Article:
How Content Marketing Plays a Key Role in Aon's Manchester United Deal

With Brand Awareness Up, Aon Now Tries to Explain What It Does

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Aon is sponsoring Manchester United jerseys during its off-season games.
Aon is sponsoring Manchester United jerseys during its off-season games.

When Manchester United dismantled the L.A. Galaxy by a score of 7-0 on Wednesday, its players donned jerseys with the logo for Chevrolet, which this year displaced Aon for that real estate.

For Aon, having that prominent space gave it a major boost in brand awareness. But a new partnership with the famed club will go even further in answering the big question challenging the company's marketing department: What, exactly, does the company do?

That's why content marketing is a key component of Aon's eight-year, $240 million sponsorship of Manchester United that was signed in April 2013.

"Without content marketing, we can't explain what we do," said Phil Clement, Aon's global chief marketing and communications officer.

Business-to-business marketers like Aon are embracing various forms of content marketing, from producing articles and videos for their own sites to working with publishers to create and run so-called native ads, which seek to mimic editorial content.

A full 75% of b-to-b marketers told Ad Age last year that they plan to increase their content marketing budgets. A recent Forrester study, however, showed that more than half of b-to-b marketers believe their efforts in this space are only somewhat effective.

To understand why Aon feels the need to explain itself, go back to 2009 when the company announced a four-year, $130 million deal to appear on Manchester United jerseys -- commonly referred to as "kits." (That arrangement ended this year when Chevy's deal started.)

The initial four-year placement created an "explosion in brand awareness," according to Mr. Clement. Last year, the company signed its current deal with the soccer club, giving Aon naming rights to the team's practice facility and putting the Aon logo on the team's practice kits and making it a presenting sponsor for off-season tours, including Wednesday's match in L.A.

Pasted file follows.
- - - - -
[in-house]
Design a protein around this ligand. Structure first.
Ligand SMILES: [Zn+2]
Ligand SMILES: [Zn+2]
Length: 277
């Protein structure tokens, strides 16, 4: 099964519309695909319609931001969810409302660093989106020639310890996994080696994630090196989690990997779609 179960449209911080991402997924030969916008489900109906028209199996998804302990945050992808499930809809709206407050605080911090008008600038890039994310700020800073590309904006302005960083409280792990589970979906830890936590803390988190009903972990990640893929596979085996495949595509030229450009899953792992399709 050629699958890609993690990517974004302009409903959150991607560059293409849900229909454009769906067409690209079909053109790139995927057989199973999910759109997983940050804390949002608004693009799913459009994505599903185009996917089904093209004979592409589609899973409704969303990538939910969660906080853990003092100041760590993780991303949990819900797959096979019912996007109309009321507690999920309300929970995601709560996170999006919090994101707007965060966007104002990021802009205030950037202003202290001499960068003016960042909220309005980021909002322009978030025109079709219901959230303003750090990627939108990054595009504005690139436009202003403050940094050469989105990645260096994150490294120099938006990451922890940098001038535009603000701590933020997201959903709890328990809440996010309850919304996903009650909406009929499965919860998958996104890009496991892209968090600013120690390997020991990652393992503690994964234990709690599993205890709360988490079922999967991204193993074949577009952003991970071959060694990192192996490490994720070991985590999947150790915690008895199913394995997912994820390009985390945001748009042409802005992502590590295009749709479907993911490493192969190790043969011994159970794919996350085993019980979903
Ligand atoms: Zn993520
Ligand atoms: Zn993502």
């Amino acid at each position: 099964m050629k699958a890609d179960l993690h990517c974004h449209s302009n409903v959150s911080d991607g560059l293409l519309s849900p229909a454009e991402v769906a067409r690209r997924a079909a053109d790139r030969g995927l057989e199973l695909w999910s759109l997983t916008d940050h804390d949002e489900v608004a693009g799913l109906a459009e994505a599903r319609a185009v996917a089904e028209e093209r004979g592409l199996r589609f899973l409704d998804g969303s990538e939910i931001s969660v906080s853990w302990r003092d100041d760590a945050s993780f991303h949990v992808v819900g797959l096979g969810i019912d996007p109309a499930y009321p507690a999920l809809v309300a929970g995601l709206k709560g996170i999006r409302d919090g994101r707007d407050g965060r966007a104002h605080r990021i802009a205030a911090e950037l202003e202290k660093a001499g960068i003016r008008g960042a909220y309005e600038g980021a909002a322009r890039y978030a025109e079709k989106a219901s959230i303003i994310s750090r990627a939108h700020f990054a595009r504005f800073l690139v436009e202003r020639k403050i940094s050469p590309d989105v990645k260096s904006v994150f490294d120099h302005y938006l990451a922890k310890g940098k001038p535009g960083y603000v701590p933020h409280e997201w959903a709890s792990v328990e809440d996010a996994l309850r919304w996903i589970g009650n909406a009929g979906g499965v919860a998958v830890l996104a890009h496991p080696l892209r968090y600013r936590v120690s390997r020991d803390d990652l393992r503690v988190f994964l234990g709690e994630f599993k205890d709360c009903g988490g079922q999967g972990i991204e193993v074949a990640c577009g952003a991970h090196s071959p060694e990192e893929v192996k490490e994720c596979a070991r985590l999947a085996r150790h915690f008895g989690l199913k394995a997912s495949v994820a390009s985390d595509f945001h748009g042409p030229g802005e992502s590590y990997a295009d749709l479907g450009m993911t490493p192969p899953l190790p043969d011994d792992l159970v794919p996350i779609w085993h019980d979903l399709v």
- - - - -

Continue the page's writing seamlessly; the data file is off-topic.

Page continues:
"If you look at emerging markets, kids 8 years old to 19 will all be thinking of Aon as a big important company," Mr. Clement said. "More people on the planet recognize our brand than don't," he added. "They just don't know what we do."

So, what does Aon do? It's not an insurance company -- a common mistake, according to Mr. Clement -- though it does act as an insurance and reinsurance brokerage. The publicly traded company also offers risk management to clients, human resources and outsourcing solutions. Its employees number around 65,000 and it reported first quarter earnings of $325 million from $2.9 billion in revenue.

As part of the content marketing push, Aon created an online hub that explains how six services it offers -- talent, health, risk, retirement and data and analytics -- relates to Manchester United, an Aon client. The section on talent, for instance, features interviews with the team's staff, including Kath Phipps, the receptionist at the Aon Training Complex who has spent the last 45 years with the team.

People from across various departments at Aon have a hand in producing the content, including its marketing and PR teams, as well as external PR agencies and outside writers it hires.

"Content is in the middle of every marketing function," Mr. Clement said.

But producing content is only one part of the overall effort. "Once you solve the content problem, you have a distribution problem," he said. "Build it and they will come is not a good strategy in content marketing; you have to focus on distribution as much as the creation."

The company is not necessarily trying to explain itself to children in developing nations. Instead it's using a combination of social media and direct distribution through seminars and traditional public relations, for instance, to target a specific audience: Customers who follow soccer.

"There's not a lot of reason to go to the Aon microsite if you're a fan," Mr. Clement acknowledged. "But there are a ton of reasons to go if you're an HR professional or risk manager."

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CORRECTION: An earlier version of this article mispelled Phil Clement's last name as Clemente.